“Today we are helping Michigan make a small but important step toward economic recovery,” said Lawrence Strickling, of the National Telecommunications and Information Administration. “More high-speed internet means more small businesses, farmers, and entrepreneurs will have better access to national and international markets, to a broader array of vendors, suppliers and customers and to a team of skilled employees.”
“This program is a textbook example of government investment done right—with government funding catalyzing millions of dollars of additional private and local investment,” he added.
“This is a project that will scale over time and can provide service to these areas well into the future,” said Don Welch, president and CEO for Merit Network. “It will bring great benefit to the anchor institutions in these areas as well as to our commercial partners who will service homes and businesses. Not only will we be able to provide better capabilities, but we will also be able to provide it at a lower cost.
“Another benefit this project will bring is the idea of a statewide network. There are real benefits there for community anchor institutions,” he said. “We will be able to bring the values of a statewide network into these areas that have not been able to take advantage of this type of network for so long.”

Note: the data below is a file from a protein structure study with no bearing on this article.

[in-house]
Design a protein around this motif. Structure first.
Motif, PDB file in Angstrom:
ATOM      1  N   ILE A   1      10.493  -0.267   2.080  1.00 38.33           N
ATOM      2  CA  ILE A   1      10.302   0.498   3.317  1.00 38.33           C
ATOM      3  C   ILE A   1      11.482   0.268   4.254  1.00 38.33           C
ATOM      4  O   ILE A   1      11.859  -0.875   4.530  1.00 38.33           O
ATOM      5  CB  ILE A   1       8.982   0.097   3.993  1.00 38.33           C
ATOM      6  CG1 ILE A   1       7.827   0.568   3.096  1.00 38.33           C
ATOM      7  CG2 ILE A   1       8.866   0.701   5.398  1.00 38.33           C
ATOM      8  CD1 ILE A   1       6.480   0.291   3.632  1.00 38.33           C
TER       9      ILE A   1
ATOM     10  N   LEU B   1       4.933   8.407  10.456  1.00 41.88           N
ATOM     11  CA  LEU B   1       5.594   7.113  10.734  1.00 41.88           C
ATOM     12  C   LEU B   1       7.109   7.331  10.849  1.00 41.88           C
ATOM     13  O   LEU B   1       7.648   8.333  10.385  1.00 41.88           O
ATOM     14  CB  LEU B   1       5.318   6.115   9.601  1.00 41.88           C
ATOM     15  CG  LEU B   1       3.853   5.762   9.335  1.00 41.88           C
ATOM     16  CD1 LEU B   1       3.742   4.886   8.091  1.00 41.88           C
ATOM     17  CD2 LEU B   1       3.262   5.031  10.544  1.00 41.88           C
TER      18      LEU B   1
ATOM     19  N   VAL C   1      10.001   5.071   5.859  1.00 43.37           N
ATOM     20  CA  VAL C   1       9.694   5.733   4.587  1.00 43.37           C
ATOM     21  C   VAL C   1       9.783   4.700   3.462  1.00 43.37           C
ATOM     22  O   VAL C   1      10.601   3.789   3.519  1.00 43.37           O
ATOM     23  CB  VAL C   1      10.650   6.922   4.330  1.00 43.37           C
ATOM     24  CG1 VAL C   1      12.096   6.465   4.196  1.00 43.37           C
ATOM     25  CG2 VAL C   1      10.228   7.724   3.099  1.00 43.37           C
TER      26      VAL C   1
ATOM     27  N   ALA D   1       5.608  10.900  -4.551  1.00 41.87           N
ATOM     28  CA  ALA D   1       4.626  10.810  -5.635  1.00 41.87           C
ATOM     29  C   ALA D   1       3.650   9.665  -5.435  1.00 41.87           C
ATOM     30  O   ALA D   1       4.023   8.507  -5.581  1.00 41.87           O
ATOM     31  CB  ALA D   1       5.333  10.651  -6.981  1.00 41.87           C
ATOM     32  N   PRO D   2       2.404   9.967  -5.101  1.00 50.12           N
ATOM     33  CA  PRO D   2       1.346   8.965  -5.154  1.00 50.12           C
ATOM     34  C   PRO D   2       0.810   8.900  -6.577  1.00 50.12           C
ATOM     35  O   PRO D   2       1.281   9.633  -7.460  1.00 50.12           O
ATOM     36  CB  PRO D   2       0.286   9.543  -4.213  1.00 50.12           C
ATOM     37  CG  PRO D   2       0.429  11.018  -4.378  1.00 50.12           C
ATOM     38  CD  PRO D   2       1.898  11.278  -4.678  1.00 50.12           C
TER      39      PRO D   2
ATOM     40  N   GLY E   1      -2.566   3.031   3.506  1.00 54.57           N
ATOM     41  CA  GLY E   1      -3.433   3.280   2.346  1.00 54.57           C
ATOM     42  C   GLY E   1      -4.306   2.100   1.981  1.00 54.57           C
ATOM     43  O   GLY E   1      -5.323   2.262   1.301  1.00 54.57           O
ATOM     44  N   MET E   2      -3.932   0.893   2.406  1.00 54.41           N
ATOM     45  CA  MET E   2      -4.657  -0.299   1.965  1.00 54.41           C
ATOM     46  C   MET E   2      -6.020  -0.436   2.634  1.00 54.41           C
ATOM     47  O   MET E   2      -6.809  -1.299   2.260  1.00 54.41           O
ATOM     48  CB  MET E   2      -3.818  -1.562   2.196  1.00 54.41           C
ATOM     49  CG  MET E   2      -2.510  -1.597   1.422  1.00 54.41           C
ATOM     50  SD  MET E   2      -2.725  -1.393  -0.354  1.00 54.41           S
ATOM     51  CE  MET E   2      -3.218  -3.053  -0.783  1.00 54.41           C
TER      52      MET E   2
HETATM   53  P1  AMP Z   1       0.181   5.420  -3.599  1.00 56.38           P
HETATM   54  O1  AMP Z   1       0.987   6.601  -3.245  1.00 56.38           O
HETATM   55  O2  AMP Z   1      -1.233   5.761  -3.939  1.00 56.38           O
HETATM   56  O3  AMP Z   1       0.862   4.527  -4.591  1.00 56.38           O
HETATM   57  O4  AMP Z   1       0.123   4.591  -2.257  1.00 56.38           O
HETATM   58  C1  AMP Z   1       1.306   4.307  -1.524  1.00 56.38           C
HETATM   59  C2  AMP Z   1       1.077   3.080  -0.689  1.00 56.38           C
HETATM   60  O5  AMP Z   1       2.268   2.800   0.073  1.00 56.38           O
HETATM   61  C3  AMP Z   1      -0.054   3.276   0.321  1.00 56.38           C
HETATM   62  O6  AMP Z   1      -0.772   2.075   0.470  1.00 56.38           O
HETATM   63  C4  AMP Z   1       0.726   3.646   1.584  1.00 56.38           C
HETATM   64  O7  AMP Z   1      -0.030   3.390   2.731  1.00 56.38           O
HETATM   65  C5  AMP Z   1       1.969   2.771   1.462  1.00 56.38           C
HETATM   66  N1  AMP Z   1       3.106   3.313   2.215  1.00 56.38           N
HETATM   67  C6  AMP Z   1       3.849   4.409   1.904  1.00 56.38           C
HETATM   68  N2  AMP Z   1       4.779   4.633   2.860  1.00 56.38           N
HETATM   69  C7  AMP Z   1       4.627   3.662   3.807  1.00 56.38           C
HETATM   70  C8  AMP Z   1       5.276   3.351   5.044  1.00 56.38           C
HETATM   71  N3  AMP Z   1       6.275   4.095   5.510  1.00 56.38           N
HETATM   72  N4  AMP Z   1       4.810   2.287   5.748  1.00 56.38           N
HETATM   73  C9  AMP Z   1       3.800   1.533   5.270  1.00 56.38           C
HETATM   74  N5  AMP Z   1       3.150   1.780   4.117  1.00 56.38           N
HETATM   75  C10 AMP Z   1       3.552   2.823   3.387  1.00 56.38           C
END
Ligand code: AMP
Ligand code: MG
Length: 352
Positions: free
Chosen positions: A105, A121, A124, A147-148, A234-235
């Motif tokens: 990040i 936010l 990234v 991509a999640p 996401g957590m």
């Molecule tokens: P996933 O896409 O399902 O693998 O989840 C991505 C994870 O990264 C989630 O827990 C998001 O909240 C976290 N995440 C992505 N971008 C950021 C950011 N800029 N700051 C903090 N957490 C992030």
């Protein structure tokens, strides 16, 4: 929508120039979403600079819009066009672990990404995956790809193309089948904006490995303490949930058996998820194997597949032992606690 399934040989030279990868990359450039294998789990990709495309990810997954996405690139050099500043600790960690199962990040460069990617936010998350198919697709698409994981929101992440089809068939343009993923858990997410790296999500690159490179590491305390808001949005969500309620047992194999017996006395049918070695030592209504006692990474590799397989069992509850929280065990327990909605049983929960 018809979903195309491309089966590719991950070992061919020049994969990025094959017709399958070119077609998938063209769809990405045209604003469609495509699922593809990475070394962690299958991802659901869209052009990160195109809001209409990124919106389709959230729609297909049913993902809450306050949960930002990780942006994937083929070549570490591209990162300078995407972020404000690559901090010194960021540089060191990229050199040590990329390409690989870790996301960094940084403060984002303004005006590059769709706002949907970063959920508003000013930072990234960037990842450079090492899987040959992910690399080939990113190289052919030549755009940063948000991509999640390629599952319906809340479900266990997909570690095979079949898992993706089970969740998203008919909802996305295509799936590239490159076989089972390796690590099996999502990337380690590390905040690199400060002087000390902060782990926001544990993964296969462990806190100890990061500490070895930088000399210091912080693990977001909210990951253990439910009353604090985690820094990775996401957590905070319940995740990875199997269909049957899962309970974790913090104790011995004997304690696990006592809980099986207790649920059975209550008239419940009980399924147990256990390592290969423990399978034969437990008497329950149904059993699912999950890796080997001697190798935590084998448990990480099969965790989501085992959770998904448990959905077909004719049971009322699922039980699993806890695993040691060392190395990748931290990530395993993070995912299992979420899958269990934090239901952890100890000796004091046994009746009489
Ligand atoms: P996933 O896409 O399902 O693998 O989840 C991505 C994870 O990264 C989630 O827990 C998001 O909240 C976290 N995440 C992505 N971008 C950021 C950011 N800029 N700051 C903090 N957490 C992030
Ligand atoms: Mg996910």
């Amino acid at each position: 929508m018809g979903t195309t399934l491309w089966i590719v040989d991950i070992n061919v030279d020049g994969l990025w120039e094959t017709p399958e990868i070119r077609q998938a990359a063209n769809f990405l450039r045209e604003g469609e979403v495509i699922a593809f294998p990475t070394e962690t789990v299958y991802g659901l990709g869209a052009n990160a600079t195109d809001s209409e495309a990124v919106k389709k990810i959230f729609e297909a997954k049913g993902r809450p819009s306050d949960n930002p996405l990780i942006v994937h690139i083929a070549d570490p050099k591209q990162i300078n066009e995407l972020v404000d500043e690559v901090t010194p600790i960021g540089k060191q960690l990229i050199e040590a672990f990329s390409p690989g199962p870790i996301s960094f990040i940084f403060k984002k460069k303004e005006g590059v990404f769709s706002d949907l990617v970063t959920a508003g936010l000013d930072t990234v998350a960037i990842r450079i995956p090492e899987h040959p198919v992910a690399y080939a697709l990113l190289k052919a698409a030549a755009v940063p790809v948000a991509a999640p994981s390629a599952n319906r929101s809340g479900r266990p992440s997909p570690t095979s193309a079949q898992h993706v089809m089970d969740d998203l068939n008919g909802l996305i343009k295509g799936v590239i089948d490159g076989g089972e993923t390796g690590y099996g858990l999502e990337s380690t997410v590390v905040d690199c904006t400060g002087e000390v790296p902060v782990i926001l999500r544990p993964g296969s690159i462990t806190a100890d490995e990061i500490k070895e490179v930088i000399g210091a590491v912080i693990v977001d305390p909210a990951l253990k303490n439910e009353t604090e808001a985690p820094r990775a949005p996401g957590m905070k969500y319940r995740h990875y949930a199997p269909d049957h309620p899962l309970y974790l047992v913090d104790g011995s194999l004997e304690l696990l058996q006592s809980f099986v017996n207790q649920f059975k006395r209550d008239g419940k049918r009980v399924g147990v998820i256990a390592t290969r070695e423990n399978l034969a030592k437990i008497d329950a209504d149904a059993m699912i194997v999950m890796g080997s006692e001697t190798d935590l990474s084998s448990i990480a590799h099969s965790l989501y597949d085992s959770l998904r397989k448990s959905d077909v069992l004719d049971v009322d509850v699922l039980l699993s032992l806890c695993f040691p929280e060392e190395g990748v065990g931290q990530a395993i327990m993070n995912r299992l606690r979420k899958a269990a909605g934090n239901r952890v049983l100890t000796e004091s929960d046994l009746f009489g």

Roger Rehm, vice-chair of the Merit Network Board of Directors, explained how years ago the Board asked Merit to develop a plan to reach all of Michigan’s research and education institutions with fiber-optic networking. It is amazing to see that plan come to fruition for the benefit of the entire state, he said.
“We are interested in two things,” Rehm said. “We are interested in education, and we’re interested in economic development. They go hand in hand, it’s impossible to separate them.”
“We expect that this project over the years will provide lots of opportunities for all Michigan schools. We expect that the high-speed network is going to generate the same kind of economic growth across Michigan that we saw when we grew the interstate highway system in the late 50s and early 60s. It’s an exact parallel, we expect to see the same results.”
Rehm explained that because of this project, corporations will no longer face a difficult decision when considering where to locate:
“Here is Michigan with tremendous physical resources and amazing physical beauty and I need a really modern business infrastructure,” he explained. Now they can have both, he added.
Two-thirds of Michigan Technological University students study engineering, and three-quarters study one of the related fields, explained Walter Milligan of Michigan Tech. He also pointed to a Smartzone grant project awarded to the Houghton area, where Michigan Tech is located.
“There is a thriving Smartzone in the area that has attracted a number of national companies,” he said. “Ford has offices there, so does GE Aviation. Most of these offices are performing engineering services for clients at a distance, clearly broadband access is important to the continued growth of this, so these jobs can be kept in Michigan and the US and not be outsourced.”